Unfortunately, the picture isn’t so optimistic for all, especially the garment workers. Because  the fashion and luxury industries have been some of the worst hit by the pandemic, thousands of garment workers in India and Bangladesh have been underpaid or laid off overnight. Familiar brands  such as Gap, H&M and Zara (owned by Inditex) have cancelled orders from their suppliers, or refused to pay for the already manufactured products by using emergency provisions in their contracts.

Factories are thus simultaneously unable to sell the products to the customer who ordered them and cannot pay the workers who made them. On the other hand, garment factories which overnight turned into PPE and mask-manufacturing units have their own challenges . Unlike their counterparts, they can continue production and expect some kind of revenue. But, at the same time, they are putting their labourers at risk, who often find themselves in situations where the rules of social distancing are impossible to follow.

Capitalism does it again!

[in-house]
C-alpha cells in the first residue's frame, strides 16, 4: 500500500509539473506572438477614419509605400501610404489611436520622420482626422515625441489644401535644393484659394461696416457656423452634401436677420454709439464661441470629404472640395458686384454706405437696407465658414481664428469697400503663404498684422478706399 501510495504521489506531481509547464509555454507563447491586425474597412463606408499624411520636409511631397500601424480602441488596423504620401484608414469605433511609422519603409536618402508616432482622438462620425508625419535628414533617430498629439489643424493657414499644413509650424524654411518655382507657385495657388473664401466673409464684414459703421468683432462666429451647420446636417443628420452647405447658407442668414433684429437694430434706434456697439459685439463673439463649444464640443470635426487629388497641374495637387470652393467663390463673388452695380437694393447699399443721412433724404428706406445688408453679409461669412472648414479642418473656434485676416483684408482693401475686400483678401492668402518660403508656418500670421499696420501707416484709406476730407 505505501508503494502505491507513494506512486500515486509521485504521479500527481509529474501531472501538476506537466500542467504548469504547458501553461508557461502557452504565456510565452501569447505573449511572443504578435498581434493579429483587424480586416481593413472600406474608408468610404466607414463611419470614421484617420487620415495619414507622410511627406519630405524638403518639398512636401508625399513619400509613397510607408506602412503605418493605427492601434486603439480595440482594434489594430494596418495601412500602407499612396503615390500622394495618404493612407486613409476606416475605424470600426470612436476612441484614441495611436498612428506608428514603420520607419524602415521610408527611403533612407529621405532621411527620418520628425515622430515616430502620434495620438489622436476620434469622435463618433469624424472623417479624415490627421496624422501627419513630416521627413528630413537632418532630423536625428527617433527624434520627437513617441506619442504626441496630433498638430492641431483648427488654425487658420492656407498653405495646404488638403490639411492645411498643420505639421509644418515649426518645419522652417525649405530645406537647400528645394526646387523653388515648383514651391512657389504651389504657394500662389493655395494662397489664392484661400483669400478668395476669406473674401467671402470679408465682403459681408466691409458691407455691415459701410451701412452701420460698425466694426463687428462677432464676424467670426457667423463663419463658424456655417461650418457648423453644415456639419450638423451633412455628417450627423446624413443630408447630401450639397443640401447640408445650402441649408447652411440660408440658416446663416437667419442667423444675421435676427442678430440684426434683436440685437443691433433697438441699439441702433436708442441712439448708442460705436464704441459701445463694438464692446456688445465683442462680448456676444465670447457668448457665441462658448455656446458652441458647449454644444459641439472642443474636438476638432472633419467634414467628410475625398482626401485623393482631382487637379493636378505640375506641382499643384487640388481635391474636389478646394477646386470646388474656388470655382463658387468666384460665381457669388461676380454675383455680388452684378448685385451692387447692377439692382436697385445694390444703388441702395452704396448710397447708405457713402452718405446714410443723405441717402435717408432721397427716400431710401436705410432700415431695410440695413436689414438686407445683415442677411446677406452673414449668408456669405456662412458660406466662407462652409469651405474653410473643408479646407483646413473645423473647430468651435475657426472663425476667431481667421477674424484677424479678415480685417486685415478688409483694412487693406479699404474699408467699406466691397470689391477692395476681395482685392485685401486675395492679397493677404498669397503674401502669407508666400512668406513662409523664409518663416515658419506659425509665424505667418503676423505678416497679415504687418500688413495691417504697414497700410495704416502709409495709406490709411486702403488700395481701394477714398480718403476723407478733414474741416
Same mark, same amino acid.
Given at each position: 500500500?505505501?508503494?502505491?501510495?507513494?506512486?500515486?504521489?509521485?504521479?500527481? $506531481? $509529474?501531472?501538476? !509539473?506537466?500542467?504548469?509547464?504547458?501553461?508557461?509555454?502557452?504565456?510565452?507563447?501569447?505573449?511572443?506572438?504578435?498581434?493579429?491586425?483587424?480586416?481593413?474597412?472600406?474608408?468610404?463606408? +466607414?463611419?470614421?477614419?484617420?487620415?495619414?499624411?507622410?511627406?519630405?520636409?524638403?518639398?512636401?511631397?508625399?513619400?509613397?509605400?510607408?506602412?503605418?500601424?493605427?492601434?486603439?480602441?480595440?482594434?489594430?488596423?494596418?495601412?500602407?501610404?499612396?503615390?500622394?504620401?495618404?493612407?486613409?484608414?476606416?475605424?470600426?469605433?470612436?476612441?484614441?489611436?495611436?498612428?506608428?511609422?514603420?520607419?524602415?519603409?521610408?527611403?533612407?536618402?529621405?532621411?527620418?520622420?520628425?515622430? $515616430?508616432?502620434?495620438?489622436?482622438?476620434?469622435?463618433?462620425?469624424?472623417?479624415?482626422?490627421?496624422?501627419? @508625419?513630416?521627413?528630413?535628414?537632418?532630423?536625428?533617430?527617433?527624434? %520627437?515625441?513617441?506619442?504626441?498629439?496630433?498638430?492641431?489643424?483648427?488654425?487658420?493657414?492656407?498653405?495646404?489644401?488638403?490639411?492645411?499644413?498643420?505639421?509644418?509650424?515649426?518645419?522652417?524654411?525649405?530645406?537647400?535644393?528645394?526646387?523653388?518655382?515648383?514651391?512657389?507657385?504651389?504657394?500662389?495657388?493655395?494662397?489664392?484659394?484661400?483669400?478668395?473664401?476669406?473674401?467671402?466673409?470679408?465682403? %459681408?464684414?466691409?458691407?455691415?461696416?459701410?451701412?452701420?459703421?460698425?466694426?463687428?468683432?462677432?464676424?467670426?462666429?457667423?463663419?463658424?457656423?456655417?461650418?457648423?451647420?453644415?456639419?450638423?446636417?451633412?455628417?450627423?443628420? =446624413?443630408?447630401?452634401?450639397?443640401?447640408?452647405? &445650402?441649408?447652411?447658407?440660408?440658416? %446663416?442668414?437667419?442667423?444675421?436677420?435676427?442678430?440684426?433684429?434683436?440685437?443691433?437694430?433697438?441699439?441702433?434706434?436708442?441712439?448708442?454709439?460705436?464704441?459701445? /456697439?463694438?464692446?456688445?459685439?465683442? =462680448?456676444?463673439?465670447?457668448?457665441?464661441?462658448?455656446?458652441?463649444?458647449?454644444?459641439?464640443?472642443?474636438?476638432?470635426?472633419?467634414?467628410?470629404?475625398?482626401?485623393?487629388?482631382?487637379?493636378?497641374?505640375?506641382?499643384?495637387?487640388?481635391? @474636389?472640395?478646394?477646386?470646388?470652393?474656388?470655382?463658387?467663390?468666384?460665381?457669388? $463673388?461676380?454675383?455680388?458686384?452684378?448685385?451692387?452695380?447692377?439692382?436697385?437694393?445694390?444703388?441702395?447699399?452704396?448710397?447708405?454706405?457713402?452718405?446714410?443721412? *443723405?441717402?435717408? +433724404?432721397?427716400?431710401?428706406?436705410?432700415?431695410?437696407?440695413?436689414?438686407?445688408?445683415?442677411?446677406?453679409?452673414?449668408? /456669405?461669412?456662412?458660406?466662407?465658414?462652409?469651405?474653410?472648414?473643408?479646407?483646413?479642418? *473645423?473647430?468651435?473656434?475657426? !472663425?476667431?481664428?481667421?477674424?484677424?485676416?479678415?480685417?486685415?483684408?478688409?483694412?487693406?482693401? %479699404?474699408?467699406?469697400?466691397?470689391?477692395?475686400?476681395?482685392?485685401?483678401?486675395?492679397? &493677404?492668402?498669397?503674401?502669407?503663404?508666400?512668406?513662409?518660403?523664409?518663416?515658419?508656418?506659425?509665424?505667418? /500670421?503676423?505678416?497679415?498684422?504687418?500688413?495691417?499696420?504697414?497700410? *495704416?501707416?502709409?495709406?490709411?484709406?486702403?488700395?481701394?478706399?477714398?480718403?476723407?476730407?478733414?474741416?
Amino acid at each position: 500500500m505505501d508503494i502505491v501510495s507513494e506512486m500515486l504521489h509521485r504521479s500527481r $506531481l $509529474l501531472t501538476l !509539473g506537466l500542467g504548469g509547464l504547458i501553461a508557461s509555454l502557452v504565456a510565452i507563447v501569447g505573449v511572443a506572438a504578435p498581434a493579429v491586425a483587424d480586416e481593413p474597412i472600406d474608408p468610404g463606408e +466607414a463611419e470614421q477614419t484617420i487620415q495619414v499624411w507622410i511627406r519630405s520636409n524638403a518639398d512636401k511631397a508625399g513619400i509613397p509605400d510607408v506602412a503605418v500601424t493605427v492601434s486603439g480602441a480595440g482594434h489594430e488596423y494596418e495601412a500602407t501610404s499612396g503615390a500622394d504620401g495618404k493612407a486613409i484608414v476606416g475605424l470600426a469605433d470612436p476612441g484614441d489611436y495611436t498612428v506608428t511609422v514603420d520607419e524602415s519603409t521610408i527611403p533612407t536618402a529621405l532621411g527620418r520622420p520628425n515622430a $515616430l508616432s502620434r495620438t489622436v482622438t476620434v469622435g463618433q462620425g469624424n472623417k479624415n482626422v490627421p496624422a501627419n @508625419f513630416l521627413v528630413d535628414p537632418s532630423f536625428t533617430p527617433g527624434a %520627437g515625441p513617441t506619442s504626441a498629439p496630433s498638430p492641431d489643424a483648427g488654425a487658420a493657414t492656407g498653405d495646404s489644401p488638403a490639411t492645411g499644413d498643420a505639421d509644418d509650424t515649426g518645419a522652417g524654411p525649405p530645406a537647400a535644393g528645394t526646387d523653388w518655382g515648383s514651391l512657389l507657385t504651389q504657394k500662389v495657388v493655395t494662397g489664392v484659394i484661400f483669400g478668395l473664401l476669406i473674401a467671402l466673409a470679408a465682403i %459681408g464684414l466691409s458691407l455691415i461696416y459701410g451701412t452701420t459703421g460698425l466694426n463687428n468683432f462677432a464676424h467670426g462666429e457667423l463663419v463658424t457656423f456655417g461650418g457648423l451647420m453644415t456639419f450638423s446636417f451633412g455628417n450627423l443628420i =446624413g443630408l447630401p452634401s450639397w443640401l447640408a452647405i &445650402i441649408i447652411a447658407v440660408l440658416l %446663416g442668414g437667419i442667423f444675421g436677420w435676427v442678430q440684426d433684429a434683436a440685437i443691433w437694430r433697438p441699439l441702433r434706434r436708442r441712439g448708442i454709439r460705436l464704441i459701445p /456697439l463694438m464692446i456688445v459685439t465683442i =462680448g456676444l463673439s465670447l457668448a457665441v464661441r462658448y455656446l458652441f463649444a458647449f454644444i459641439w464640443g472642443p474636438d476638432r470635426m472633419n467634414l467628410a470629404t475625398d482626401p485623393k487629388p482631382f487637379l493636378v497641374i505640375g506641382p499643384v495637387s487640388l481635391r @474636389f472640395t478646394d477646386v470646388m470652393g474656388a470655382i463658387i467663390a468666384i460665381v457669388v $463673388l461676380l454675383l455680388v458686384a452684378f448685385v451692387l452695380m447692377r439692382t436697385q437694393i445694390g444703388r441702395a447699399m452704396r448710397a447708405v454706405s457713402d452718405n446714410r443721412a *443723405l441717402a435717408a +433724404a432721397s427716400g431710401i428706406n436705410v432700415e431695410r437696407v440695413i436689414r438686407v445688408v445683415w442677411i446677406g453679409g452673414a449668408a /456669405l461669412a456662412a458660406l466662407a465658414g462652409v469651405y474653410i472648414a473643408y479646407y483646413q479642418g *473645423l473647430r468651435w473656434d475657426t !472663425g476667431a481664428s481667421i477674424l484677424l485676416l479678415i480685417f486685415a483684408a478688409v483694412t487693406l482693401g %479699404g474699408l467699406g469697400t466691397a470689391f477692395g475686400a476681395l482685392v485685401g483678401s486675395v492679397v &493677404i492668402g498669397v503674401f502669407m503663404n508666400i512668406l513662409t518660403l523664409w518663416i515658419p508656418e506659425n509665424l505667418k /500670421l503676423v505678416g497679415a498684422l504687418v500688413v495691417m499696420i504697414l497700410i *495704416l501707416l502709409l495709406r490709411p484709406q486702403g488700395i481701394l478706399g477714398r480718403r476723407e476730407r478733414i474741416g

Most of us claim to be part of this socially ‘woke’ generation. But let’s face it, we have our share of flaws as well. And in this case, the villain is named Instagram, or social media in general, where god forbid you post a picture wearing the same outfit twice. If you do so, your dream of becoming an influencer goes down the drain. For many of us, posting as much as possible has become a compulsive need because for some reason we believe that our online pages define who we are. Yet many  of us are students with limited incomes, so the only solution is to turn to fast fashion brands. These brands have capitalised on this very need to provide whatever  is fashionable at the moment at low prices, thus creating customer loyalty. Unfortunately, we tend to treat the cheapest clothes as disposable, and throw them away after a couple of wears.